“If you look at history of how these deals get done, typically it’s not because there’s an Obama plan out there. Its’ because Democrats and Republican are serious about dealing with [these issues] in a serious way,” the president said. “This is not a matter of you go first or I go first,” he said before describing a goal of “everybody…ultimately getting in that boat at the same time so it doesn’t tip over.”
Kent Conrad, one of Sullivan's "brave" deficit hawks, is also aboard with the presidential soft shoe:
Senator Kent Conrad of North Dakota, chairman of the Senate Budget Committee and a Democratic member of the fiscal commission, said: “In this highly partisan environment, if the president proposes something, there is automatically some group that is opposed. It may be better for him to play the role of referee.”And on the same page: Robert Greenstein of the Center on Budget and Policy Priorities:
Mr. Conrad added: “To get a result, the president has got to be part of a larger process that involves Republicans and Democrats, the House and Senate. How one gets to the table is not just one move, it’s a series of moves. And it’s very, very difficult.”
...had the budget included a large array of specific proposals for longer-term deficit reduction — ranging from increased taxes to changes in Social Security — that likely would have made it harder, not easier, for the Administration and Congress to eventually reach bipartisan agreement on those matters. Specific presidential proposals would have invited immediate attacks from lawmakers across the political spectrum and almost certainly led to pledges by scores or hundreds of members of Congress never to agree to them. That, in turn, would have made it harder for negotiators to reach agreement on large, longer-term deficit-reduction measures. A goal at this point should be to keep policymakers from taking various specific proposals off the table before negotiations even commence.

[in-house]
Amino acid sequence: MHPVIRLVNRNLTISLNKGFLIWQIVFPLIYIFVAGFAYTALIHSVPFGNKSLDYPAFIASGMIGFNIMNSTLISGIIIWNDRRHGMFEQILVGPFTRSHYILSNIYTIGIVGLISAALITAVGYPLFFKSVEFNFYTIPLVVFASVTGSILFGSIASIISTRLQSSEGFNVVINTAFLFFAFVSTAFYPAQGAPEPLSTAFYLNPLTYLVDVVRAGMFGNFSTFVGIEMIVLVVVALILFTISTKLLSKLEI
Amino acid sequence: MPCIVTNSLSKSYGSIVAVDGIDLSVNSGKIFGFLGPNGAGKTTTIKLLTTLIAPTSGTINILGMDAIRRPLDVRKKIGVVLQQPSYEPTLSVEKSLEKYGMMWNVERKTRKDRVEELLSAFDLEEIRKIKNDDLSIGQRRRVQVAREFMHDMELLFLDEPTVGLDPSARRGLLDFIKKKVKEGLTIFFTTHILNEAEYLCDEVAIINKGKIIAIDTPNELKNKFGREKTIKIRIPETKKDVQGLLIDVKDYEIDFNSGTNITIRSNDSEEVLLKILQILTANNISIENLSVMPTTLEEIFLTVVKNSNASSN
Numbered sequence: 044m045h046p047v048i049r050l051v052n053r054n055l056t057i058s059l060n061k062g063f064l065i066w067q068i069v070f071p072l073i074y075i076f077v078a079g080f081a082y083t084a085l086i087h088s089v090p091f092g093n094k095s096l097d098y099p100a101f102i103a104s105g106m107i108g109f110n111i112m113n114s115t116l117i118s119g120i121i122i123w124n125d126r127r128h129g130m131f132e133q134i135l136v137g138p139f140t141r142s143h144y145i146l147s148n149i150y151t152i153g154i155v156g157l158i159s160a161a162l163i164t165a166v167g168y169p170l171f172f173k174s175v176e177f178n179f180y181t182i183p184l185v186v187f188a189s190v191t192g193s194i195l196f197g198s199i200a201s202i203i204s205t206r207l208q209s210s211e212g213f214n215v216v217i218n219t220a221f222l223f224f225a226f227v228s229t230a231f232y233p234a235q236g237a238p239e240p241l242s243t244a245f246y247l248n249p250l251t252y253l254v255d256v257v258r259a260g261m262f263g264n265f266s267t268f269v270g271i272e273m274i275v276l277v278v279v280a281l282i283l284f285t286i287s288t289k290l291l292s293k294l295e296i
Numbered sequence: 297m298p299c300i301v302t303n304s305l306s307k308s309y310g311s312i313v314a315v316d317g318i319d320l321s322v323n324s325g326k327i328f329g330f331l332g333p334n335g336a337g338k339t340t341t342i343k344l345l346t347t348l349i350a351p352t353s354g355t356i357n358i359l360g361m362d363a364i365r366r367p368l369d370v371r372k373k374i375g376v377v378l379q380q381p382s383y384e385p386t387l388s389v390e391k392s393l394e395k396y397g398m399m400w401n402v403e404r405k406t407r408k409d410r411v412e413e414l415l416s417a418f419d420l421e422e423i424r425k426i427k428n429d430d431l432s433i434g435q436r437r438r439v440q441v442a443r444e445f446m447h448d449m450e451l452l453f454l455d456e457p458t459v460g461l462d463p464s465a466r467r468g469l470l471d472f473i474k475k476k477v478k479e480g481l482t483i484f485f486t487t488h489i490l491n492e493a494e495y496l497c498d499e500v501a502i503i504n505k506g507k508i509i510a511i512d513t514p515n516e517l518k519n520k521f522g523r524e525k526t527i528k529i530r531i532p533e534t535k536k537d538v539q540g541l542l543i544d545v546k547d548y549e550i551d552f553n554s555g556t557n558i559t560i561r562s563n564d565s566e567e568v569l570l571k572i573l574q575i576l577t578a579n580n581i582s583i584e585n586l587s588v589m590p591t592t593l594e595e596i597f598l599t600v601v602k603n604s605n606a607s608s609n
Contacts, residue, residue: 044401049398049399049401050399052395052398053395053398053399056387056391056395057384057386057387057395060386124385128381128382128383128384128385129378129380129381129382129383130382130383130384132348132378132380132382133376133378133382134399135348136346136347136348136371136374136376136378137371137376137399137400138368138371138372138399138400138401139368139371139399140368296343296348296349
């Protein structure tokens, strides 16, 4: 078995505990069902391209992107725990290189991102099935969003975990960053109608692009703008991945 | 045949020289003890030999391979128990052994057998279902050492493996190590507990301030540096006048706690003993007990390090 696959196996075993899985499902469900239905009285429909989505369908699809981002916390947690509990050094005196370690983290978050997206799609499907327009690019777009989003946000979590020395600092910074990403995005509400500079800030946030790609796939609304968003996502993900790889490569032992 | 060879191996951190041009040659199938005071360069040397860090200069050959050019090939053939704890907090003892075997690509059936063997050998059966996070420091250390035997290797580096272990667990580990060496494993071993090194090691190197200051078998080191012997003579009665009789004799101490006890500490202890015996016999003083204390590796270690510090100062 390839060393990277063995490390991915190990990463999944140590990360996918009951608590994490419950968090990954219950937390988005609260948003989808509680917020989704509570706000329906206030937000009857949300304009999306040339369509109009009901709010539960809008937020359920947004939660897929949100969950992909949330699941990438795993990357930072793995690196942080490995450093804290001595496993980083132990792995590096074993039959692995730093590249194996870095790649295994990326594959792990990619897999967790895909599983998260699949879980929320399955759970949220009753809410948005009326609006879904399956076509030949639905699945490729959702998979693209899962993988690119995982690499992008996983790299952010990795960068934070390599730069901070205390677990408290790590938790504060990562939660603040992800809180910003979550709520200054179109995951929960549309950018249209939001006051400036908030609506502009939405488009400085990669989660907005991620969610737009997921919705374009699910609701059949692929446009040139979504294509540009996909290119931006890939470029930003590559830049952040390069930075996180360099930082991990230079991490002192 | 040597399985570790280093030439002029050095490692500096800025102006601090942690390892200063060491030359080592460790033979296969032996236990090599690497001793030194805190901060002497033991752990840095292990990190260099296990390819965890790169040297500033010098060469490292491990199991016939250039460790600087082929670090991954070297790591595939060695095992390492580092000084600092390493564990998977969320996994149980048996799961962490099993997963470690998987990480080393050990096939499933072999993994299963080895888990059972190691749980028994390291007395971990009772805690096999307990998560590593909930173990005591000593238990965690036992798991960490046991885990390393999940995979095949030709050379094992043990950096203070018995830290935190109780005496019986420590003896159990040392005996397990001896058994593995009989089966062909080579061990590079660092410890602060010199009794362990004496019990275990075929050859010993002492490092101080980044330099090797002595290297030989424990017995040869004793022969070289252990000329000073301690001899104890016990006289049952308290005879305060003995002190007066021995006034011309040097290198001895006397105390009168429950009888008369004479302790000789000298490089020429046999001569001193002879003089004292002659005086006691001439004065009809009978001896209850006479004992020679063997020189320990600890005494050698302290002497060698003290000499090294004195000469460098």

That problem occurs even in normal political times. But, these are not normal political times. The atmosphere is far more toxic, and the tendency to launch immediate incendiary attacks on specific deficit-reduction proposals for political gain far greater, than in the past when successful bipartisan negotiations took place.